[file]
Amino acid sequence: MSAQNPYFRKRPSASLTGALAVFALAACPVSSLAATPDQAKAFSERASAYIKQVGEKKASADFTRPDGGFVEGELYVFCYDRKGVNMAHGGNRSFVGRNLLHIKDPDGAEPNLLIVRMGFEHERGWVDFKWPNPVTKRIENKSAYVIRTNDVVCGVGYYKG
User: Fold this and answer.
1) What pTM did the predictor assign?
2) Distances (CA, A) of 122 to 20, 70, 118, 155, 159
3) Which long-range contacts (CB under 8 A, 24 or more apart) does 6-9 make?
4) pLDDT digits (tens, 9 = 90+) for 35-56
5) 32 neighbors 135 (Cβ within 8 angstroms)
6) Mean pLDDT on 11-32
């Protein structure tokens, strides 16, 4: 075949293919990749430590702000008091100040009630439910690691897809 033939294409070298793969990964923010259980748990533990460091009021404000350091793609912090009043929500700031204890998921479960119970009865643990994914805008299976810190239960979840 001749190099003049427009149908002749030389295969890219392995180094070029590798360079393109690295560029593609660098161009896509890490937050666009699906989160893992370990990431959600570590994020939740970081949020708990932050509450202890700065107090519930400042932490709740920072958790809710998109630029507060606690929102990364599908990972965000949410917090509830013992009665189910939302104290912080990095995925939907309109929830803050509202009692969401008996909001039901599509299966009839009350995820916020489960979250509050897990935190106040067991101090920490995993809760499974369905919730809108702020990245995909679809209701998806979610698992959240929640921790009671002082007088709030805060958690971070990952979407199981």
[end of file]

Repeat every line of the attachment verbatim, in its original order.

Amino acid sequence: MSAQNPYFRKRPSASLTGALAVFALAACPVSSLAATPDQAKAFSERASAYIKQVGEKKASADFTRPDGGFVEGELYVFCYDRKGVNMAHGGNRSFVGRNLLHIKDPDGAEPNLLIVRMGFEHERGWVDFKWPNPVTKRIENKSAYVIRTNDVVCGVGYYKG
User: Fold this and answer.
1) What pTM did the predictor assign?
2) Distances (CA, A) of 122 to 20, 70, 118, 155, 159
3) Which long-range contacts (CB under 8 A, 24 or more apart) does 6-9 make?
4) pLDDT digits (tens, 9 = 90+) for 35-56
5) 32 neighbors 135 (Cβ within 8 angstroms)
6) Mean pLDDT on 11-32
């Protein structure tokens, strides 16, 4: 075949293919990749430590702000008091100040009630439910690691897809 033939294409070298793969990964923010259980748990533990460091009021404000350091793609912090009043929500700031204890998921479960119970009865643990994914805008299976810190239960979840 001749190099003049427009149908002749030389295969890219392995180094070029590798360079393109690295560029593609660098161009896509890490937050666009699906989160893992370990990431959600570590994020939740970081949020708990932050509450202890700065107090519930400042932490709740920072958790809710998109630029507060606690929102990364599908990972965000949410917090509830013992009665189910939302104290912080990095995925939907309109929830803050509202009692969401008996909001039901599509299966009839009350995820916020489960979250509050897990935190106040067991101090920490995993809760499974369905919730809108702020990245995909679809209701998806979610698992959240929640921790009671002082007088709030805060958690971070990952979407199981």